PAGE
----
Tuesday, July 10, 2007
This week's Grand Rounds is up; thanks for including me, Tara!
Elsewhere on the medical front, Gary had a routine checkup with our primary-care doc yesterday, and I went back with him to ask about my stress-echo results. I know this was obnoxious, but our doctor was very nice about it. (I offered to pay my own co-pay, and she said, "No, no, that's all right.")
Her take on what happened was, basically, "The cardiologist who read your test is excellent, and if he says it was a false positive, it was a false positive."
"But this EKG was worse than the one three years ago, wasn't it? Can you compare the two?"
So she obligingly did. "I'm not sure it's worse."
"But last time the ST depression was one millimeter; this time, the PA told me it was two or three millimeters. Isn't that worse?"
"I'm not sure it's worse, and if it is worse, that's probably because of the nortriptylene." (The reason we added Effexor rather than upping the dose of the nortrip was because I'd had a few short episodes of tachycardia.)
"So you don't think we should do a thallium test? The PA said that provides better pictures than the stress echo."
"No. The stress echo is the best test for women; it's better than the thallium test."
I've spent the past week reading about coronary microvascular disease in women, which classically produces abnormal EKGs but normal visual scans. I told her that, and then said, "But I gather there's really no way to test for it, and anyway, I'm already as risk-reduced as I can get." (Regular exercise, low cholesterol, healthy weight, good blood pressure, non-smoking, yada yada.)
"You took the words out of my mouth. Even if we knew you had that, what else could we do?"
Actually, some things I've read about the WISE study indicate that SPECT can pick up microvascular, but she'd already dismissed that study because it hasn't been reproduced. And even if we saw the problem on a test, there's still the "what else could we do" problem. And I'm sure SPECT's even more expensive than the stress echo; when Gary and I were driving home, he said, "Well, at least we won't have an eight thousand dollar copay for another test."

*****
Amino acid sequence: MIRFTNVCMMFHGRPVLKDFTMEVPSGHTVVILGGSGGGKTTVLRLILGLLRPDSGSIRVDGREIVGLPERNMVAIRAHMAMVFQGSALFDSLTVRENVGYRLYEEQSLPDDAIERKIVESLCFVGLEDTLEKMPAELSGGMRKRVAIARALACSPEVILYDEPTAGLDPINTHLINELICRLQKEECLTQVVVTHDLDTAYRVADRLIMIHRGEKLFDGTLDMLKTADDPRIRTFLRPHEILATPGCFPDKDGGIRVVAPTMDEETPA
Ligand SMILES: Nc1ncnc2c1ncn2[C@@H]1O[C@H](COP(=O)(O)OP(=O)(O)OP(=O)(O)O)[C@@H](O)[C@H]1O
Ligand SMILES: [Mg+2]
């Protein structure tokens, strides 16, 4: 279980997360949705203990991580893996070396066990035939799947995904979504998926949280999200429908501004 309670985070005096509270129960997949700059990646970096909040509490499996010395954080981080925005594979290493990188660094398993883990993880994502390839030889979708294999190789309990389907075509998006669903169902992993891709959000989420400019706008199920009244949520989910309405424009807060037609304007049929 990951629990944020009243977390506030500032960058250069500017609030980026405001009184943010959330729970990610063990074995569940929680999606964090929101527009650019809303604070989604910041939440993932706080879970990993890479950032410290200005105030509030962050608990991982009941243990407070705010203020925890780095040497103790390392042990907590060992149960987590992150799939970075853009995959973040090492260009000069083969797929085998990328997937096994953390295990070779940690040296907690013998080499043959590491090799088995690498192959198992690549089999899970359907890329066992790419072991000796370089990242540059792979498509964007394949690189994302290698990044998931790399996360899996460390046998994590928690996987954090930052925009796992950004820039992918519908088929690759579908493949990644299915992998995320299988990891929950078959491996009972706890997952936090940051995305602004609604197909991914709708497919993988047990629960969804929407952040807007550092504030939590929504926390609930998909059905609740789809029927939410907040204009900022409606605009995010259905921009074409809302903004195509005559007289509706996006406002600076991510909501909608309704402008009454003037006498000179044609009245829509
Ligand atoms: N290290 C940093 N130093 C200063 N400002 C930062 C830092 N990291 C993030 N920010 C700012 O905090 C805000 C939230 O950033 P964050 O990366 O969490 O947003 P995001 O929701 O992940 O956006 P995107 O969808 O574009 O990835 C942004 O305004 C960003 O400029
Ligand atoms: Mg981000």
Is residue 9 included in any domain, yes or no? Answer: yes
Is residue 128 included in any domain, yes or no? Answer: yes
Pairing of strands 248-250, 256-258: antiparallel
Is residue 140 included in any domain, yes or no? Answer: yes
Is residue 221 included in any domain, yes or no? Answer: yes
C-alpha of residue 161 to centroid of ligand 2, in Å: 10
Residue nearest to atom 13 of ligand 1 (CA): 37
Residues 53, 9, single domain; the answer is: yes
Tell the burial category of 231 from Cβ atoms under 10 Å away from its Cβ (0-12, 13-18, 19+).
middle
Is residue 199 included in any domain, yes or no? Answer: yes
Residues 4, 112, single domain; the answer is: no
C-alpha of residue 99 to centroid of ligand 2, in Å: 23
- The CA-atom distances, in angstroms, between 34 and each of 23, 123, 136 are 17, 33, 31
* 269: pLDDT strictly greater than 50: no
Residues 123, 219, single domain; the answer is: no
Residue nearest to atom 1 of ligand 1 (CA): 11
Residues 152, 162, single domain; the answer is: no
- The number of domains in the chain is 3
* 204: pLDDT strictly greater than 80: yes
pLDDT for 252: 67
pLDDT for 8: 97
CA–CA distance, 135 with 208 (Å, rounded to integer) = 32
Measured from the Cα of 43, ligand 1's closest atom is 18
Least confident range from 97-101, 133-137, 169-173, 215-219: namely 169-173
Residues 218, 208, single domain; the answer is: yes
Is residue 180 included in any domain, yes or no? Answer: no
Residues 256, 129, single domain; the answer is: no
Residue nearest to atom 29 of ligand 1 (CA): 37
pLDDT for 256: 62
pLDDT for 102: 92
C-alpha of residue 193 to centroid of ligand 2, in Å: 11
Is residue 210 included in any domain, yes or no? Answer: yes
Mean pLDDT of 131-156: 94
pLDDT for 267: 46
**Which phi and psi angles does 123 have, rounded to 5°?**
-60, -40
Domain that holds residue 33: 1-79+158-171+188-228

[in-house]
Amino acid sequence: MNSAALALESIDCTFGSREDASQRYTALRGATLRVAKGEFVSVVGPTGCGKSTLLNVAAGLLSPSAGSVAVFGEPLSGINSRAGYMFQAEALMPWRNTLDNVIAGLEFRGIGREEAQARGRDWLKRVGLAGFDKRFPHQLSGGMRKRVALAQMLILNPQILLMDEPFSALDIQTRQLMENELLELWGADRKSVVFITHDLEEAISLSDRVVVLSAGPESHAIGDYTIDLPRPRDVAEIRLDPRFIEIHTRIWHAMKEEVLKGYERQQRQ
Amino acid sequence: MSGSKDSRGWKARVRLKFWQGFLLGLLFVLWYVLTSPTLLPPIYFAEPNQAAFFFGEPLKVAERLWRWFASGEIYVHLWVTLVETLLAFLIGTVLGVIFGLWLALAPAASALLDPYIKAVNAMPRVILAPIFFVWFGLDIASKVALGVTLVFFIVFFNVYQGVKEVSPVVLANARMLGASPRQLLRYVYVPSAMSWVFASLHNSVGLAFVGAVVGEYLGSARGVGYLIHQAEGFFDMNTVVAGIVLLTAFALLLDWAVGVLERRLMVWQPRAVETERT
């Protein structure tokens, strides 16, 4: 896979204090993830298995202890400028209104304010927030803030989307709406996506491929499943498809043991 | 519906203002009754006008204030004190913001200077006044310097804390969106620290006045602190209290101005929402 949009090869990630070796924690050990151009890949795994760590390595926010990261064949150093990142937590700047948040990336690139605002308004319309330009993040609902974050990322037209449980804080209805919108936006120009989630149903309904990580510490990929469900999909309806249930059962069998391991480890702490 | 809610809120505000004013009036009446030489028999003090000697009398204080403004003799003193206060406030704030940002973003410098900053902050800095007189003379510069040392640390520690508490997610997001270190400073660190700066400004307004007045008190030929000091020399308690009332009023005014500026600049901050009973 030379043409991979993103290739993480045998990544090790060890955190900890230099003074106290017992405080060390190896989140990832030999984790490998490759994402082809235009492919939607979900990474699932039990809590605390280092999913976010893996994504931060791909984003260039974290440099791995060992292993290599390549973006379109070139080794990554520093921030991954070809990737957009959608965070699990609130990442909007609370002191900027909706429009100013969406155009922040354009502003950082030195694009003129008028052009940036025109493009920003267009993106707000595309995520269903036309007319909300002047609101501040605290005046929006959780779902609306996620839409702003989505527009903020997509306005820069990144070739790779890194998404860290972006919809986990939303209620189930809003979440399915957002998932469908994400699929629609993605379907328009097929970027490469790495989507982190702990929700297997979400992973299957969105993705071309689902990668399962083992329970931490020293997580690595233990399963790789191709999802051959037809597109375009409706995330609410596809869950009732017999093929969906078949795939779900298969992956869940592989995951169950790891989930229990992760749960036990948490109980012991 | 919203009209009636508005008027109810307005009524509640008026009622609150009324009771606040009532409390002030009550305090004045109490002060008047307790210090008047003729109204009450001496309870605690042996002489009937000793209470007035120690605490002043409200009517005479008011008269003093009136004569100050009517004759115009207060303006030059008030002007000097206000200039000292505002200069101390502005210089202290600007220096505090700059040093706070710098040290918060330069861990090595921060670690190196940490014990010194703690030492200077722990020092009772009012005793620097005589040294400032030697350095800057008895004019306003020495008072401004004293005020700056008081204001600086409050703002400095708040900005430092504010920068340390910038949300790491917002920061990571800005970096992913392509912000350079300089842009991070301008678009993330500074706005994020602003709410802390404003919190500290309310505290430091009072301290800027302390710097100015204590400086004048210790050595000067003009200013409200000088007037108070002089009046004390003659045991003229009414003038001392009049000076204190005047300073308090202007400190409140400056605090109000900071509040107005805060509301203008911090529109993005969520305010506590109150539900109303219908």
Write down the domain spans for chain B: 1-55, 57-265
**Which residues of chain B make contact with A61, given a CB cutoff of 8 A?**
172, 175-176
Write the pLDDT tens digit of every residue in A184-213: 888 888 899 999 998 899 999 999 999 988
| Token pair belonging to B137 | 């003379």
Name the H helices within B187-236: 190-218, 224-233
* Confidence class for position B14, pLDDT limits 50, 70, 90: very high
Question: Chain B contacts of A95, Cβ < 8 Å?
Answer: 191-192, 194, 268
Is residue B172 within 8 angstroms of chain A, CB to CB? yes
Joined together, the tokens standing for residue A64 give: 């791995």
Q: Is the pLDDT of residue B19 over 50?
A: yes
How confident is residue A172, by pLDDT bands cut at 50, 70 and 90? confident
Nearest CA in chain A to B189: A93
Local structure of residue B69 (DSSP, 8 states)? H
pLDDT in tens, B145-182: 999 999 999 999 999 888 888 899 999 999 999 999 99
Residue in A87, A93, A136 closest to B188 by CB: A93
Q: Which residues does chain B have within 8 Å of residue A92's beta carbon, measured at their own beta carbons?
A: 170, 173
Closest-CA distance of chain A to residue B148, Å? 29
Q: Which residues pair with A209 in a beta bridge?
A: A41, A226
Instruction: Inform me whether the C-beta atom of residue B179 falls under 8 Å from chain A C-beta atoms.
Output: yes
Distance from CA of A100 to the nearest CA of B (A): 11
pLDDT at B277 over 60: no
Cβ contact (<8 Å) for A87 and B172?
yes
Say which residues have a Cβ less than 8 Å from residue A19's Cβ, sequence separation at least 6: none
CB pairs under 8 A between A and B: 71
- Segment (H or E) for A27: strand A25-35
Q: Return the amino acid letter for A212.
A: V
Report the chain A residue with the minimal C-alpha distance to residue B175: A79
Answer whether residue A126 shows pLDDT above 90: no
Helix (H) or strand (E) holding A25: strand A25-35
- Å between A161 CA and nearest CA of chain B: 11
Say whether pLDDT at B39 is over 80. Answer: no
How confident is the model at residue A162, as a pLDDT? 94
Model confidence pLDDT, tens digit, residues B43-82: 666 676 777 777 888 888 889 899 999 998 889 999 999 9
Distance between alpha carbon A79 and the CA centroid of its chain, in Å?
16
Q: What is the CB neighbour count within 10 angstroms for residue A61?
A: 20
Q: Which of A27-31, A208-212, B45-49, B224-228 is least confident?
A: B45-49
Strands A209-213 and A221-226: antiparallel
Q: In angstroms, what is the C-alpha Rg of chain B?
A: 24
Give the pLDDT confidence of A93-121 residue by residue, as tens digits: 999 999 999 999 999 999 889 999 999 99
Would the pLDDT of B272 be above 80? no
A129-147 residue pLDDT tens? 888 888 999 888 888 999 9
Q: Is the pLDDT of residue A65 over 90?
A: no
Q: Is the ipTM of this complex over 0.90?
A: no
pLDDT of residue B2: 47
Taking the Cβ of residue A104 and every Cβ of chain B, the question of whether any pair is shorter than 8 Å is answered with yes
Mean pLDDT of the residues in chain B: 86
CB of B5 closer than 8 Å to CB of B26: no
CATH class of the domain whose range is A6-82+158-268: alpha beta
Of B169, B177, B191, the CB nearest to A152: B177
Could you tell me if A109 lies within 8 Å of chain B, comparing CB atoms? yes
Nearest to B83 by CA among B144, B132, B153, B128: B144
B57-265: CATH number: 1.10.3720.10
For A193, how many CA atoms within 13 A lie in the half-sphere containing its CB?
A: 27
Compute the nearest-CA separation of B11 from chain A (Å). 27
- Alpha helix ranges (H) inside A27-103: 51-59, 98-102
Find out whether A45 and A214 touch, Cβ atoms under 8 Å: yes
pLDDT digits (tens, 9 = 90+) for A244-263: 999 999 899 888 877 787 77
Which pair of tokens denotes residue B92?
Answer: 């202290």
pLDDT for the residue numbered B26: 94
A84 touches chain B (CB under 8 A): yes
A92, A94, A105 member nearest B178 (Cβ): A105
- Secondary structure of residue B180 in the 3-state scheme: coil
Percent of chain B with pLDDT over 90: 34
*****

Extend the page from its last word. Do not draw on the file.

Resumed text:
I like our doctor a lot, but I'm not thrilled with all this. I really wish she'd said something like, "I know you're nervous, but you're really okay." She's usually more empathetic, but I was being obnoxious by horning in on Gary's appointment, and she's entitled to bad days too.
I'm still having chest pain, but I guess now we go back to square one and chalk that up to GERD. Mind you, it's not like I want to have heart disease, but at least that theory accounted both for the chest pain and the fatigue. If cardiac issues aren't causing the fatigue, the most likely candidate is our old friend depression. Although, to complicate matters, depression is its own risk factor for cardiac issues.
I saw my psychiatrist yesterday, too, before the other appointment. She suggested that I try taking B vitamins, which can help with energy. She wants to see me again in a month, and if I'm not feeling better, she's going to take me off the nortrip (probably a good idea anyway, if it made the EKG worse) and put me on Lexapro, and then take me off the Effexor so I'm only on Lexapro.
Welcome to the medication merrygoround.
I. hate. this.
Especially since we don't know for sure that the fatigue's from depression, anyway; during the two or three hours a day when I'm not too tired, my mood's fine. I really wish there were a handy at-home blood test for depression, a depressometer.
I wish even more that I could just be off meds. The other day I met someone with a much more serious depression history than mine (multiple hospitalizations, suicide attempts) who tried every antidepressant on the planet, was still depressed on all of them, and has now foregone all medication in favor of yoga and ACT therapy.
I ran that story by my shrink. She wasn't impressed.
Okay, I'll stop whining now. Maybe the B vitamins will work. Wouldn't that be lovely?
And now I have to drive Gary to the lab for fasting bloodwork.